Experts at Zillow’s fifth housing forum in Washington, D.C., warned against discounting the diversity of the millennial generation, shed light on issues that could impact future housing mobility and argued over the merits of urbanizing the suburbs.
The forum, “The Big Picture: A Longer Term Perspective on Housing,” brought together top housing economists, researchers and policymakers from across the nation to debate the issues that will have the largest impact on housing over the next few decades as we move past the miscues of the past 10 years. Highlighted by a keynote address from Jason Furman, chairman of the Council of Economic Advisers, the event featured panel discussions on the impact the millennial generation is having on housing, the potential challenges posed by rising mortgage rates and changing urban and suburban design priorities.
Furman used hard data to help define some of the issues younger Americans are facing as the economy improves. Jobs are scarce, posing a challenge for the millennial generation. But he questioned the idea that millennials’ inability or reluctance to buy homes is largely because of high student debt loads. While student debt is burdensome, Furman argued, the benefits of a proper higher education continue to far outweigh the costs.
The average college student graduates with $25,000 in debt, Furman said, but the average college graduate also makes roughly $15,000 more per year. In that respect, he argued, a college education remains a terrific bargain for millennials.
“One can view today’s relatively low rates of homeownership among millennials as temporary — schooling, rather than debt, is delaying household formation and homeownership to later in the life cycle,” Furman said. “Eventually, these young adults will leave their parents’ nests, rent homes, get married, buy homes and have children.”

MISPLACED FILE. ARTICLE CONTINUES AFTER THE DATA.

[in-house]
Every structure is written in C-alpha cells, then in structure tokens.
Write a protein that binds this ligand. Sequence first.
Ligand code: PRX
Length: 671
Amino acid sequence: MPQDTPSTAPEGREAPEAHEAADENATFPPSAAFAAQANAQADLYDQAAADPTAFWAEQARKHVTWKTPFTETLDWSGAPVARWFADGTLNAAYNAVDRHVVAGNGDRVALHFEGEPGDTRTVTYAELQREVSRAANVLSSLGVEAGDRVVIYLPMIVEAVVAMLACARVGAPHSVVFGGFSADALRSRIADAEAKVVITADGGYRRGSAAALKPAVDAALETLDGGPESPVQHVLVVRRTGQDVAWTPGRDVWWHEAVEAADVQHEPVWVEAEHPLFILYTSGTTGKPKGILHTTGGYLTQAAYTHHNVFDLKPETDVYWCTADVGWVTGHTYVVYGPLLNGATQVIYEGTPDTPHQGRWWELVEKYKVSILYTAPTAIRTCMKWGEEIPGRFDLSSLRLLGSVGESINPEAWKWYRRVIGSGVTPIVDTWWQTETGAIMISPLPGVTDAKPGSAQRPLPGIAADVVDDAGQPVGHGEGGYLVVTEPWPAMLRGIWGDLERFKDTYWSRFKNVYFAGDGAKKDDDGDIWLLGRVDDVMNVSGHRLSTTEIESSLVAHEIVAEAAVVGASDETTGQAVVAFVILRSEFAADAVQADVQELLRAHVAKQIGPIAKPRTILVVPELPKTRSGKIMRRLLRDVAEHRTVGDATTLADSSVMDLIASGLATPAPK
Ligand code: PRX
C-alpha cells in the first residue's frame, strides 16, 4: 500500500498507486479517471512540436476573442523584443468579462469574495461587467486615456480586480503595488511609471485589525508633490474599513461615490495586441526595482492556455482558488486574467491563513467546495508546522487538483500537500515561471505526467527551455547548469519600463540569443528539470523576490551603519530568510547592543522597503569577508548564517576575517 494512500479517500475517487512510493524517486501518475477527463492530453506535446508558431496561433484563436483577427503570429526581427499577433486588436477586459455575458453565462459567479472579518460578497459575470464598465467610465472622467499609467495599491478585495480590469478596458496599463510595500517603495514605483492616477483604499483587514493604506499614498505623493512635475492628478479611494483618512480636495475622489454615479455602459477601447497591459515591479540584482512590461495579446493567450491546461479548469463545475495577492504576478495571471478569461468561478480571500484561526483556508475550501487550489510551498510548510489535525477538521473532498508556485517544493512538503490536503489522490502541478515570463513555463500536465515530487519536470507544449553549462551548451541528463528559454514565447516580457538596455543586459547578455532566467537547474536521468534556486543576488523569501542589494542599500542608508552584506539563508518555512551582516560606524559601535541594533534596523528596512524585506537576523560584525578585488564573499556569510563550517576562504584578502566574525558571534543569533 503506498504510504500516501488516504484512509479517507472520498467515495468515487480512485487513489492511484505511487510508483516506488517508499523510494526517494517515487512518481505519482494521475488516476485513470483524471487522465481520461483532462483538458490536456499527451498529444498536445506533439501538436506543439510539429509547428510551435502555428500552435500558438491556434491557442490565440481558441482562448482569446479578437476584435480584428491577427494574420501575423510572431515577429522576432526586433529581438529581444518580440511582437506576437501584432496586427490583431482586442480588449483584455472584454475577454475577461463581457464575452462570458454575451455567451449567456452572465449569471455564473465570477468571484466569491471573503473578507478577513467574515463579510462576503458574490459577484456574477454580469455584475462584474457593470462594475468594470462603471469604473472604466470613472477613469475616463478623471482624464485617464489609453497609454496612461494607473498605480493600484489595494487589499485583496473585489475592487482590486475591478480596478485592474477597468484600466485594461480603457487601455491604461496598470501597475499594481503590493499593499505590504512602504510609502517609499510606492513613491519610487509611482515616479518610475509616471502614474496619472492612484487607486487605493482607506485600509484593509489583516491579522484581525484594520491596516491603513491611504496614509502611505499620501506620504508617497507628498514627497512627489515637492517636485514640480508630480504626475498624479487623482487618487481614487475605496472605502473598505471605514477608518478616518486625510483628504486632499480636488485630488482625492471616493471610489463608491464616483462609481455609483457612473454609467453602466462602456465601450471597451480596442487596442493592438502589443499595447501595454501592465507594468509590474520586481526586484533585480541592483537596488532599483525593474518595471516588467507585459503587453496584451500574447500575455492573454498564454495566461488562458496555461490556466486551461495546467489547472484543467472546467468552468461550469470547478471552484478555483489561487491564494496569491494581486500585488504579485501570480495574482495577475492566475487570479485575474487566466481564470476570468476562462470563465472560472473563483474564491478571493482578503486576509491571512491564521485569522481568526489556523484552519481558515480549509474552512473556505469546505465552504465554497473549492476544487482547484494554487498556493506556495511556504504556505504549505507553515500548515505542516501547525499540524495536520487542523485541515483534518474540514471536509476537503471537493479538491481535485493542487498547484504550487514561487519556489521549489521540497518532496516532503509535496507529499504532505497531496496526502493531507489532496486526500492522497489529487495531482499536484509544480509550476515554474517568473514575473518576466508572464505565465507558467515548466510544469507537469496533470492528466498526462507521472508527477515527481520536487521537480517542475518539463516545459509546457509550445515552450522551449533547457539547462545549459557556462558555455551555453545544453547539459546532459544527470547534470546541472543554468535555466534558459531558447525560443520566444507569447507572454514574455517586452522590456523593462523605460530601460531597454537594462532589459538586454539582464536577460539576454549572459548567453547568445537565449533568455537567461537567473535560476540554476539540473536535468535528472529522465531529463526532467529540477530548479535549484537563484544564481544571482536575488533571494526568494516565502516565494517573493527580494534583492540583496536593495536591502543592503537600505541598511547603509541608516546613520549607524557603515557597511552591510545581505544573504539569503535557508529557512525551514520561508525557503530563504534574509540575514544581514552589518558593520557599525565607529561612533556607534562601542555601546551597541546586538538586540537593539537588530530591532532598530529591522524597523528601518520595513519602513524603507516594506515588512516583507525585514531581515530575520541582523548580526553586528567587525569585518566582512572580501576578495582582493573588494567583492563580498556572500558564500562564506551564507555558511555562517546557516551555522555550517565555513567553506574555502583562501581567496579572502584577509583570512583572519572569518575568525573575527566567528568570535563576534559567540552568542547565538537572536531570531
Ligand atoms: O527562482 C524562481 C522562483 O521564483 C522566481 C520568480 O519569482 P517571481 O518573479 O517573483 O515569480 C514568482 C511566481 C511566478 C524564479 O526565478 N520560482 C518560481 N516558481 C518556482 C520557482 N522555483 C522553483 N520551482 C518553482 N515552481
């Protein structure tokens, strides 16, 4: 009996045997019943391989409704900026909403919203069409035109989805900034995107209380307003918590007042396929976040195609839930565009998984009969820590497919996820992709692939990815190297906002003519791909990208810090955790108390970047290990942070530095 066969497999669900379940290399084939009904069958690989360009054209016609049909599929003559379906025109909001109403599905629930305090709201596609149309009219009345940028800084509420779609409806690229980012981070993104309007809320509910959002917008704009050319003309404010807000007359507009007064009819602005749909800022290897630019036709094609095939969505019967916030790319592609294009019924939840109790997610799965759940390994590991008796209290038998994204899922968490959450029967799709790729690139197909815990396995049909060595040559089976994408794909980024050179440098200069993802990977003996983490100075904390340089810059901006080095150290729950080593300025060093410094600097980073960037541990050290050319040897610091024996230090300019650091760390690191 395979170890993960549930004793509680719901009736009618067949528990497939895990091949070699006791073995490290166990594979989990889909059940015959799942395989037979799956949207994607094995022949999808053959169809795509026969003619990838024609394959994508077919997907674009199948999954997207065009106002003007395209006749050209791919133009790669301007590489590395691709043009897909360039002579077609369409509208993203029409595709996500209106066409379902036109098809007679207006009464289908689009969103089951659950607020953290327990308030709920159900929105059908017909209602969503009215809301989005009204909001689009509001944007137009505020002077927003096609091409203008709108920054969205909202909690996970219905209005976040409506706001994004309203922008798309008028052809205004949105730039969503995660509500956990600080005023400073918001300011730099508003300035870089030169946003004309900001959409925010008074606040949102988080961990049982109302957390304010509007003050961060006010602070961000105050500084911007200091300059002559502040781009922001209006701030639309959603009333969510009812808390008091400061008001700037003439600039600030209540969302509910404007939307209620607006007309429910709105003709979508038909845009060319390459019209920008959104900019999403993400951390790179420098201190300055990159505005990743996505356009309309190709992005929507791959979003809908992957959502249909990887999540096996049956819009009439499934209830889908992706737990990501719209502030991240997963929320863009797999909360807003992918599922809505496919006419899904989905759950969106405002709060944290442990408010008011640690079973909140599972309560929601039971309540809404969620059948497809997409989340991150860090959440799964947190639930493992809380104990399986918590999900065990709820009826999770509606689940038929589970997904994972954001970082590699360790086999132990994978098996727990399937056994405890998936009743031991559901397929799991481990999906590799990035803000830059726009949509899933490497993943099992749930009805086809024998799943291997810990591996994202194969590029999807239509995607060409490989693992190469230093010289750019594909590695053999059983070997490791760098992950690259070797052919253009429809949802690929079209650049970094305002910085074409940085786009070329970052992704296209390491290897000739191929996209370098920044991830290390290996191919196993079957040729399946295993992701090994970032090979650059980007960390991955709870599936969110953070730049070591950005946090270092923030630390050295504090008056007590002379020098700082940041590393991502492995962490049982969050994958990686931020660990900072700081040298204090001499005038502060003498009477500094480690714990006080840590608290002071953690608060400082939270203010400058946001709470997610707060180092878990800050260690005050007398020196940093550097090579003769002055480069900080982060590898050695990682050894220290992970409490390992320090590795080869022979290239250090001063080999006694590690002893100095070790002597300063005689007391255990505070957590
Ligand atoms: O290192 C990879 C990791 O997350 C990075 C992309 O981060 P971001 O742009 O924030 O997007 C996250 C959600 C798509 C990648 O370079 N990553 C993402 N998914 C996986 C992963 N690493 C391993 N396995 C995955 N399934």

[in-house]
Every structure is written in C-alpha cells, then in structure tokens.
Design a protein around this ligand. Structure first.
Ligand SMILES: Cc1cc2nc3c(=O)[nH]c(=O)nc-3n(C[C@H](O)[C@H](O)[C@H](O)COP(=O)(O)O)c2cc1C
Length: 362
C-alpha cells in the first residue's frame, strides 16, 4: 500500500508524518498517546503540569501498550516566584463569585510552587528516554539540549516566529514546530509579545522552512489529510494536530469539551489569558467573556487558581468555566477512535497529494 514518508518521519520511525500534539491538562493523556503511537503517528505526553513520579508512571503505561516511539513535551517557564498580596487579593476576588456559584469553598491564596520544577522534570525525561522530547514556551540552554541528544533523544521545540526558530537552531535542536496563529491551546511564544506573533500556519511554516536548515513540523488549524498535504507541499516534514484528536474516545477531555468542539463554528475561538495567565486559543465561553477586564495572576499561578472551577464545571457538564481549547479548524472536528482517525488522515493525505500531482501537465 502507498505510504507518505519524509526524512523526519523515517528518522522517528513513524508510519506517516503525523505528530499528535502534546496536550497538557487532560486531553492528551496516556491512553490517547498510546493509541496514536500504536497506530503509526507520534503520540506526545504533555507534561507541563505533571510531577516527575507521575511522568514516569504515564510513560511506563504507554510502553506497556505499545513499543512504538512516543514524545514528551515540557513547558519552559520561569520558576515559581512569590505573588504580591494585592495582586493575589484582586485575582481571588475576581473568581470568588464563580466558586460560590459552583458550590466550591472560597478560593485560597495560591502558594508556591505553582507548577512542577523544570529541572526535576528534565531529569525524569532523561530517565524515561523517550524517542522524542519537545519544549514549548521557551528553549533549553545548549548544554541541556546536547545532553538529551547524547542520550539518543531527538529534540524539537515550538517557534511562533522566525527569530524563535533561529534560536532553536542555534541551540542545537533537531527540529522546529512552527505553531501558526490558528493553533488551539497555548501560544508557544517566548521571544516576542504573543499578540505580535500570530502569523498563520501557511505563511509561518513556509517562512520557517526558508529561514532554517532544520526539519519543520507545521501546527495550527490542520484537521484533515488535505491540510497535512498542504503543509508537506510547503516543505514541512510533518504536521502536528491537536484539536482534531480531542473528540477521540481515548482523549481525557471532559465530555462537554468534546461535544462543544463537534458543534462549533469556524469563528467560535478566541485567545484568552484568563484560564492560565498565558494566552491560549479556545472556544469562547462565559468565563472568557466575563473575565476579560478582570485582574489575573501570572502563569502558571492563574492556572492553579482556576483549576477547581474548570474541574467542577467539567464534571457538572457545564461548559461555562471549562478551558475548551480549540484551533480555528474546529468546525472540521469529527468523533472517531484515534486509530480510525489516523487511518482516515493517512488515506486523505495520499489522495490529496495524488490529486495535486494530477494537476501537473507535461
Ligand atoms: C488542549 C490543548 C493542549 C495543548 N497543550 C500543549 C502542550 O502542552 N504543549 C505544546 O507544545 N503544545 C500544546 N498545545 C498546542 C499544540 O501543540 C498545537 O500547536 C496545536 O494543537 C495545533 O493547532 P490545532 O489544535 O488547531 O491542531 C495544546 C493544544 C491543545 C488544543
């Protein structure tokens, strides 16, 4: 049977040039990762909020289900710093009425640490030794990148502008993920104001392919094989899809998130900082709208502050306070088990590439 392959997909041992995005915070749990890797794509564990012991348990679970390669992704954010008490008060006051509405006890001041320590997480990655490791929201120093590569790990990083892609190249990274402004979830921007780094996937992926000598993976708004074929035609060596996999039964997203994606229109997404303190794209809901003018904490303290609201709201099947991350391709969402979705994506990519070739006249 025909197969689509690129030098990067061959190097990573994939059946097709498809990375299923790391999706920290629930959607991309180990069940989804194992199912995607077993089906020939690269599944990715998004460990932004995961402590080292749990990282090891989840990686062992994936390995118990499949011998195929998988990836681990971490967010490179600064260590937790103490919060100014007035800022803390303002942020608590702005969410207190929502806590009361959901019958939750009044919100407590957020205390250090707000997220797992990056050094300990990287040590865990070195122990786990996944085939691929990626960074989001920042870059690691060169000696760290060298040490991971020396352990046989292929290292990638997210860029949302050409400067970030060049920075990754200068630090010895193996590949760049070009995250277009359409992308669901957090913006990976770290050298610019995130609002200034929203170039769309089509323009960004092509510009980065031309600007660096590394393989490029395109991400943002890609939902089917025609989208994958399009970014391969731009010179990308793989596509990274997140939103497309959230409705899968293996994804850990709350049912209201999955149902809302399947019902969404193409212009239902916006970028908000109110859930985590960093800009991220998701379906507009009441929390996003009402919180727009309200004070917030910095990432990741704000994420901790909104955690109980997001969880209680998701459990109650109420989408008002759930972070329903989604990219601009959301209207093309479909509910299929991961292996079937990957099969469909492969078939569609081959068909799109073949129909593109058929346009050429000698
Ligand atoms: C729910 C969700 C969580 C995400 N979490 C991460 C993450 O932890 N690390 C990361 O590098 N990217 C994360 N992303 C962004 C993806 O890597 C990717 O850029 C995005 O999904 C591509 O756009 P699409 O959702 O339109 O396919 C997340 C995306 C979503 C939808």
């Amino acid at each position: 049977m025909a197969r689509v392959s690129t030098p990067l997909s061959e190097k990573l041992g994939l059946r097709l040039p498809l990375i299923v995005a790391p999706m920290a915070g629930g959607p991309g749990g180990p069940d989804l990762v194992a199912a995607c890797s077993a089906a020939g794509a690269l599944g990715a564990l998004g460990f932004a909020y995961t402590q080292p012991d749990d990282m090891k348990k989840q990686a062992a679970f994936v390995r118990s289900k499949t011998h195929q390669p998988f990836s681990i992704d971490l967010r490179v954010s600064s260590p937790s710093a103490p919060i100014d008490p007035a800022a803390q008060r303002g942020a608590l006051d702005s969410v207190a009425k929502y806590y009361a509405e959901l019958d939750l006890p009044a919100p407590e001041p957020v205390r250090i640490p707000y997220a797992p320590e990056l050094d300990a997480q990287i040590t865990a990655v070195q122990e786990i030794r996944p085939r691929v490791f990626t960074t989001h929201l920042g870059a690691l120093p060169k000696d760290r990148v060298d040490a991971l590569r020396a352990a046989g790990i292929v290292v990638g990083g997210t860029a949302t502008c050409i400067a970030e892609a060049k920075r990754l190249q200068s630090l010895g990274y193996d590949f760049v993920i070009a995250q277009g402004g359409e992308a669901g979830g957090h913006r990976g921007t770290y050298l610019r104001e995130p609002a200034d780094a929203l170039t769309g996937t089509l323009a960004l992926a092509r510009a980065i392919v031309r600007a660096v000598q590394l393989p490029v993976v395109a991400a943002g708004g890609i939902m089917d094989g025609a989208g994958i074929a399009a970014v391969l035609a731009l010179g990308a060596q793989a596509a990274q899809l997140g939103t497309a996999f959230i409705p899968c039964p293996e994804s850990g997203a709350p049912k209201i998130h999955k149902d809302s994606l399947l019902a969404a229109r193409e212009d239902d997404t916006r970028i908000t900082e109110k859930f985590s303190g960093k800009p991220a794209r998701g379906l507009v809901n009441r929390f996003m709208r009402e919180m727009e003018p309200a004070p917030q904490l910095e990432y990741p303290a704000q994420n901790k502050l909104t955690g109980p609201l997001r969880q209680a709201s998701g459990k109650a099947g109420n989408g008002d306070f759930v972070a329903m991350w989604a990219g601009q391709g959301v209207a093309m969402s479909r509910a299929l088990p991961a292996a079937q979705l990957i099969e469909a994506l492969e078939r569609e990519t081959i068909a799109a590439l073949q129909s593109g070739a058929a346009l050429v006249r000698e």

Below is a recap of key points from the day’s panels:
The millennial generation is far more diverse than other large generations such as the baby boomers and Generation X, the panelists said. Because of this, it can be dangerous to assume that the strong views advocated by a vocal minority — that millennials prefer not to buy homes, or that they will never move to the suburbs — are representative of the entire generation.
“The sheer diversity of millennials naturally leads to a diversity of outlooks regarding things like getting married, having children and housing preferences,” said University of Southern California Professor Dowell Myers.
Millennials are willing to compromise on housing space but not features. Flexibility in housing is among the generation’s highest priorities.
Most panelists agreed with Furman’s argument that millennials would, eventually, enter the housing market and buy homes. But unlike prior generations, millennials are much more likely to view housing as a lifestyle choice, not as an investment or an economic choice.
Mortgage rate lock-in
After 30 years slowly and steadily falling, mortgage interest rates have likely reached bottom. As they begin to rise again, the monthly mortgage payment at a higher rate will force many buyers to purchase smaller homes. And current homeowners who are locked in at today’s low rates may be unwilling or unable to move up to a different home and spend more per month for a home similar to the one they’re already in.
Panelists’ expectations for mortgage rates varied widely, with some predicting rates would be above 5 percent in the next year, while others said rates wouldn’t get that high for several years to come.
Mortgage rate lock-in may become an issue as rates rise past 5 percent, but in the shorter-term, panelists were more worried about:
- High negative equity rates that continue to keep homeowners trapped in their homes and limit the pool of potential buyers.
- Tight lending standards that are impacting otherwise relatively low-risk borrowers with credit scores in the mid-range between 620 and 720.
- A low inventory of homes for sale and an inability for builders to construct affordable homes in areas closer to cities where people are looking to move.
Born in the late 1970s and early 1980s, new urbanism was a reaction to the car-centric suburban design principles of the 1950s and 1960s. New urban designs offer the allure of living, working, playing and shopping all in close proximity.
New urbanism is not without its controversies, though. Many Americans still prefer to live in less-dense, single-family suburbs with large lots and wide streets.
New urbanist cynics and advocates both argued that less regulation on zoning and development would be beneficial to urban planners.
Neither the city nor the suburbs are dying. Both are essential to the American way of life, and keeping them vibrant will be critical going forward, the panelists said.
The full video from the program is available here. You can also follow the action and keep the conversation going by following #HousingFuture on Twitter.